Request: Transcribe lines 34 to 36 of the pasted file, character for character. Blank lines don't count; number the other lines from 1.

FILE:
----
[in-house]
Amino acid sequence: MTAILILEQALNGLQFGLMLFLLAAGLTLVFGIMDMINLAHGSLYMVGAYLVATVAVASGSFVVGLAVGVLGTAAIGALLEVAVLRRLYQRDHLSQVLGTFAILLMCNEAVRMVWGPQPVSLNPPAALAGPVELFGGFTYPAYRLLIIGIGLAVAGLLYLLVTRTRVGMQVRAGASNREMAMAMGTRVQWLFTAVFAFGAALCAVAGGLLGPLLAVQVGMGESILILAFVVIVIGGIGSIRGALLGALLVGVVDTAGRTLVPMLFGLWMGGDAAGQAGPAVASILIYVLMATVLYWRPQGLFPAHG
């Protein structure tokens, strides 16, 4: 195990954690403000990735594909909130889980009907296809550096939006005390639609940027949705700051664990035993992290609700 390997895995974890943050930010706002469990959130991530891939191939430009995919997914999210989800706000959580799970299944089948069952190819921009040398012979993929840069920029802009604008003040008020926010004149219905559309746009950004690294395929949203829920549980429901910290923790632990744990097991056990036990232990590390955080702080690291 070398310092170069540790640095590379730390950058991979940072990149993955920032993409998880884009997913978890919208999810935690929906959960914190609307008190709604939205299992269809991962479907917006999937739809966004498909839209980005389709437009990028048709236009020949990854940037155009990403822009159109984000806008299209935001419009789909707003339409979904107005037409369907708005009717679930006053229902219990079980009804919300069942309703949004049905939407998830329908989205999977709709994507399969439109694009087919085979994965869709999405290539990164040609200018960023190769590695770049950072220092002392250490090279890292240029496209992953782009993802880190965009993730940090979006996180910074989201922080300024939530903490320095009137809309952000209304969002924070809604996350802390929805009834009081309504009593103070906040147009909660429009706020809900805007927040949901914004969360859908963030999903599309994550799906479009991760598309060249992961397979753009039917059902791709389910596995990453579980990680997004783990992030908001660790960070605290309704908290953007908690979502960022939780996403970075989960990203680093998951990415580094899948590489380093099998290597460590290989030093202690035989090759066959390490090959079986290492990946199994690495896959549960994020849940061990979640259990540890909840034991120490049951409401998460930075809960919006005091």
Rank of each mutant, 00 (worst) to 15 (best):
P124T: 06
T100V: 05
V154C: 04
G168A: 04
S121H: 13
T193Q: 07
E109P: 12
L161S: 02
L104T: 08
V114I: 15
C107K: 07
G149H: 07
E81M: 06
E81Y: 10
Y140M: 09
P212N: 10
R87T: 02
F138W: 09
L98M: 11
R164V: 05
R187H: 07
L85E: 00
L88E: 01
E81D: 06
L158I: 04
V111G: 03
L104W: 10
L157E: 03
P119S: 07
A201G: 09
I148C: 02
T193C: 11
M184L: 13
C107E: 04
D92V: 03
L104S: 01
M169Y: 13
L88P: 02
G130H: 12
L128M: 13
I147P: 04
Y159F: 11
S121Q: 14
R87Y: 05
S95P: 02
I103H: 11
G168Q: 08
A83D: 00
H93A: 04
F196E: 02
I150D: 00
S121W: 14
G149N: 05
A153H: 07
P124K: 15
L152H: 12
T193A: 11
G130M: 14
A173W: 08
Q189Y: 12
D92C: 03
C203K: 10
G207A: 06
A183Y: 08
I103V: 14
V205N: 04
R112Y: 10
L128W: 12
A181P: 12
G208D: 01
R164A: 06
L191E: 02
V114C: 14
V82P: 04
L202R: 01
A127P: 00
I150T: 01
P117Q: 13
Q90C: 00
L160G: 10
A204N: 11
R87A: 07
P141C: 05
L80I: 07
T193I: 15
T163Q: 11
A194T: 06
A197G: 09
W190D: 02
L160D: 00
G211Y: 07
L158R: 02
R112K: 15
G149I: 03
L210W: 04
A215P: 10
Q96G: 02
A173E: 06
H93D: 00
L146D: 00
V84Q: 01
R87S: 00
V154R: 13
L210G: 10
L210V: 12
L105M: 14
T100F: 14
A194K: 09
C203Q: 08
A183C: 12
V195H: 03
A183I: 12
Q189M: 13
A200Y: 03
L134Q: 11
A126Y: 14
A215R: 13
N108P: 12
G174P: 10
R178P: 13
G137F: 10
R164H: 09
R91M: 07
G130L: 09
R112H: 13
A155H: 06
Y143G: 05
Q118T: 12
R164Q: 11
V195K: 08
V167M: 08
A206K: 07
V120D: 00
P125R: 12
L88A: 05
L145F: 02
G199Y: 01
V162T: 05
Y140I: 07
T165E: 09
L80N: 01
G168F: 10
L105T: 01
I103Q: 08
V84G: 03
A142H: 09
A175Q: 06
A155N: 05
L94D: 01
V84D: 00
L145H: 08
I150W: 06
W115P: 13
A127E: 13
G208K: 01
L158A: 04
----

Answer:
A201G: 09
I148C: 02
T193C: 11